A lot of work has been going into the redesign of the EBI website over the last few months. We’re steadily moving into the design of various things – content, navigation, pages, interfaces, and so on. As soon as we have something interactive, in whatever state, we plan to get it in front of users as soon as possible and test its usability.
Before that, though, we have to make something. One of the key things that we think will help us inform our design work is the use of personas. There is a lot of good information out there on how to create personas and how to use them, and my colleague Antony has already written about personas on the EBI Interfaces blog.
Recently, I worked with team-mates Jenny Cham and Andrew Cowley to produce personas for this project, and I wanted to share some of our work with you.
Do It Yourself
Go ahead and download the custom template for Word (.dot) and amend or adjust it to suit your needs. You can also download a little guide (.doc) that has an annotated example with explanations of each feature.
The next EBI Interfaces talk will be given by Matias Piipari (@mz2), the iOS developer at Mekentosj, the company responsible for the popular Papers app.
WHEN: Wednesday, May 25, 14h00
WHERE: M203 (the function room next to Murrays restaurant, where the HSF meetings take place), Wellcome Trust Genome Campus, Hinxton
Matias was at the Sanger Institute during his PhD, so many of you will know him already. He has since combined his interests in computational biology and development for Apple operating systems, and I know that lots of you already use Papers.
Details of our next talk coming up…
Alexander Lex and Marc Streit from the Graz University of Technology in Austria will talk to us about the visualization framework, Caleydo.
TITLE: Caleydo – Visual Analysis of Biomedical Data
WHERE: Cairns Pavilion (M203) lecture room
WHEN: Monday, Sept 20th, 14h00
Amongst the tools available to user experience designers, and anyone wanting to find out more about how people use their “product”, we have interviews.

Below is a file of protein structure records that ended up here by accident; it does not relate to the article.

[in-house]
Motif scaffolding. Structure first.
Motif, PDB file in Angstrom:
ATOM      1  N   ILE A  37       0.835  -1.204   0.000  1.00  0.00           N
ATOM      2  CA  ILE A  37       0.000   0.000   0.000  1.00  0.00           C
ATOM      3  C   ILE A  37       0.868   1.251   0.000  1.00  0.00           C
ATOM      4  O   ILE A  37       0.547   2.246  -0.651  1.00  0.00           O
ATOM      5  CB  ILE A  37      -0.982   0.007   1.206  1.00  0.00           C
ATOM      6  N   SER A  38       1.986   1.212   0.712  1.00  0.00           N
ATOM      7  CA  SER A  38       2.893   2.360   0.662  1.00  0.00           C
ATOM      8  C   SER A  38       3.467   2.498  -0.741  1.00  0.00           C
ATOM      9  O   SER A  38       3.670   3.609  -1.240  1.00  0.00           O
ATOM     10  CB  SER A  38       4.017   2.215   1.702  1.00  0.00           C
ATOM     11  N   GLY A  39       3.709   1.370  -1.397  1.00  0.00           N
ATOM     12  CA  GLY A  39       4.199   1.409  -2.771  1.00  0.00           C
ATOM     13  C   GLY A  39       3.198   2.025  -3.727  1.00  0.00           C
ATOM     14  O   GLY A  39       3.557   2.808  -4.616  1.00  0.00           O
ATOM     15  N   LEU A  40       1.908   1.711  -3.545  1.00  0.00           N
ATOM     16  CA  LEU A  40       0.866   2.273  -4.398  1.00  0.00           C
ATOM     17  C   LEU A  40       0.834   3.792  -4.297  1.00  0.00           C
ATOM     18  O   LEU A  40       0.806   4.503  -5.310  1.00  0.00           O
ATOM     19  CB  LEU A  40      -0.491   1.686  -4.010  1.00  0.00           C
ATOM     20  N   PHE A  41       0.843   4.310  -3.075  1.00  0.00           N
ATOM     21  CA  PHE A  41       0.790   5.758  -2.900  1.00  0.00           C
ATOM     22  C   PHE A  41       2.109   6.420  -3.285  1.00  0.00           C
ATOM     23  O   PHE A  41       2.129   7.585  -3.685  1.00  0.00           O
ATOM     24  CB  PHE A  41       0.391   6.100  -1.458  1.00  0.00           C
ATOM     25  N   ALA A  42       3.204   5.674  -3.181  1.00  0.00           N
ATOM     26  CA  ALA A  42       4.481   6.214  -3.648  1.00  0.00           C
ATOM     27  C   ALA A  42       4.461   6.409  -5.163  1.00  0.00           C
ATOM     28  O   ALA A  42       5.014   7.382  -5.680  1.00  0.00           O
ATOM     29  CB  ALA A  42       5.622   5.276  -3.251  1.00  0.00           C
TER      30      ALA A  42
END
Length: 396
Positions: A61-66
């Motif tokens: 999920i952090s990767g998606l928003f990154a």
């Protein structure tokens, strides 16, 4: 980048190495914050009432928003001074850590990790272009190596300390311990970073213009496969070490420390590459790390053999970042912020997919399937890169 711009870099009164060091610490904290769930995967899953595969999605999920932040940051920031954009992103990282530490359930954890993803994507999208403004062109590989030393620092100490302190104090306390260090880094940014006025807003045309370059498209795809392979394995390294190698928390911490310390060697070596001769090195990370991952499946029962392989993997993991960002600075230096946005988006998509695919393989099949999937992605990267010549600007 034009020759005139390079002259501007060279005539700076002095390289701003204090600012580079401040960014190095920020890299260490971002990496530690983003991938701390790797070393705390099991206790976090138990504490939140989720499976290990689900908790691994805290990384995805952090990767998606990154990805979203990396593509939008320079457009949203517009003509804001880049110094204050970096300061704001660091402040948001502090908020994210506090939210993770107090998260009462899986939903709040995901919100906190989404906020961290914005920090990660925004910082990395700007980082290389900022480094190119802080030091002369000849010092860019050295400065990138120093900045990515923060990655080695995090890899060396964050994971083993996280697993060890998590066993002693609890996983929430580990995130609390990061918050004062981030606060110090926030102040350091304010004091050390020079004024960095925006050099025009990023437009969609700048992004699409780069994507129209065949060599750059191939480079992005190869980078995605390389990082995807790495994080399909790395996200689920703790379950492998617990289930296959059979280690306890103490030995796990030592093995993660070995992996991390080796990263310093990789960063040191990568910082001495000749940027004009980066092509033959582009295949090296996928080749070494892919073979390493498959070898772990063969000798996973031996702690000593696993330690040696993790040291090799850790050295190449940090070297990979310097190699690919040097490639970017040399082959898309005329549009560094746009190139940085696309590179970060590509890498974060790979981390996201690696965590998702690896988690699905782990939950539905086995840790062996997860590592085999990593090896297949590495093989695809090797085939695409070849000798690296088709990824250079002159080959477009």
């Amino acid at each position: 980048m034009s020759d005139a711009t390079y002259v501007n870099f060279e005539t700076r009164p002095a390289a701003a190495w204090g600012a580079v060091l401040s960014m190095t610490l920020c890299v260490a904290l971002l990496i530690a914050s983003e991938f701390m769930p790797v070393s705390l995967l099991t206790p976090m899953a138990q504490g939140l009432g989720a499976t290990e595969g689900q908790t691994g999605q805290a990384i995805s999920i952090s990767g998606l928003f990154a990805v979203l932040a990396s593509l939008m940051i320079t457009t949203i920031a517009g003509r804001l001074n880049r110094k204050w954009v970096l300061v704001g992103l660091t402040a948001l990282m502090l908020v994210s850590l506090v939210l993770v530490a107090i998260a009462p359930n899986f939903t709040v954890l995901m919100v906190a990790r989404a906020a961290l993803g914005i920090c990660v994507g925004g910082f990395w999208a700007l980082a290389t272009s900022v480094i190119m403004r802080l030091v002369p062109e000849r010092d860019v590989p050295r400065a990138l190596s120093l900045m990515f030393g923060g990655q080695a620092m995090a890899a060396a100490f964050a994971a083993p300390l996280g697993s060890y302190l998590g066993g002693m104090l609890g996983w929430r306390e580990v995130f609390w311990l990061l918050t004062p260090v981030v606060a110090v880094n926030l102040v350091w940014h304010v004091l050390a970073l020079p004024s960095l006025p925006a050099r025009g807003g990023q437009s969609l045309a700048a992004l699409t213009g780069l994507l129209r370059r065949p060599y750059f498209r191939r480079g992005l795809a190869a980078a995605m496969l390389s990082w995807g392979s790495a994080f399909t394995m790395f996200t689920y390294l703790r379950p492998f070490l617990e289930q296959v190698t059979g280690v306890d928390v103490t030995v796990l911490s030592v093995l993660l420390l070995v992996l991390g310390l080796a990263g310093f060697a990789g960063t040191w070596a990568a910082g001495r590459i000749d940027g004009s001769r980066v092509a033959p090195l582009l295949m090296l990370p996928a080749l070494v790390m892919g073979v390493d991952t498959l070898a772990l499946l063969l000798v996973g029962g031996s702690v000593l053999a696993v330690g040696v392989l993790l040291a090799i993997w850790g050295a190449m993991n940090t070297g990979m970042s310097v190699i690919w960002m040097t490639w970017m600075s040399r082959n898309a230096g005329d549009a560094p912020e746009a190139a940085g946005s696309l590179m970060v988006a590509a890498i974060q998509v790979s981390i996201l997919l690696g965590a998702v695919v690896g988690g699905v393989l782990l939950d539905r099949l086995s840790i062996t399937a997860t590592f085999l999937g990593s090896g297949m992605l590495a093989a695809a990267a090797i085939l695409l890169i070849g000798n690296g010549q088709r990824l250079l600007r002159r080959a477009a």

A face-to-face way of asking questions and gathering feedback and opinion. This is not, of course, the same thing as observing what people actually do, which is the realm of usability testing, but it can be really useful when employed appropriately, and at the right point(s) in a project.
Jakob Nielsen (you know… that usability guy) wrote a really good article recently, discussing the pros and cons of interviews. What are they good for? What are they not good for?
It’s dangerous to make big design changes because “users didn’t like this” or “users asked for that.” If you ask leading questions or press respondents for answers, they might make up opinions that don’t reflect their real preferences in the slightest.
Check it out.
On March 24th, Jenny and I headed down to a medical research institute in London to carry out some ‘contextual inquiry’ interviews with staff there. Jenny is working on a major project where she needs to know more about how users, in this case, wet lab biologists, use the web and search engines as part of their work.
A contextual enquiry (or sometimes inquiry) simply involves watching someone perform tasks in their everyday environment. It is a kind of ethnographic study – i.e. going out in the “field”, and studying how people do things.
Contextual enquiry is a bit like a usability test, but you’re just interested in in watching what people do, and less interested in any problems that are shown up. Normally, you simply observe peoples’ normal activities, and don’t set them specific tasks as such. It is usually only done early on in a project, when you’re trying to get an idea of how your own ‘product’ can be tailored to different user groups.
We interviewed six volunteers, to find out more about their day-to-day use of the web, and how it fits in with their research.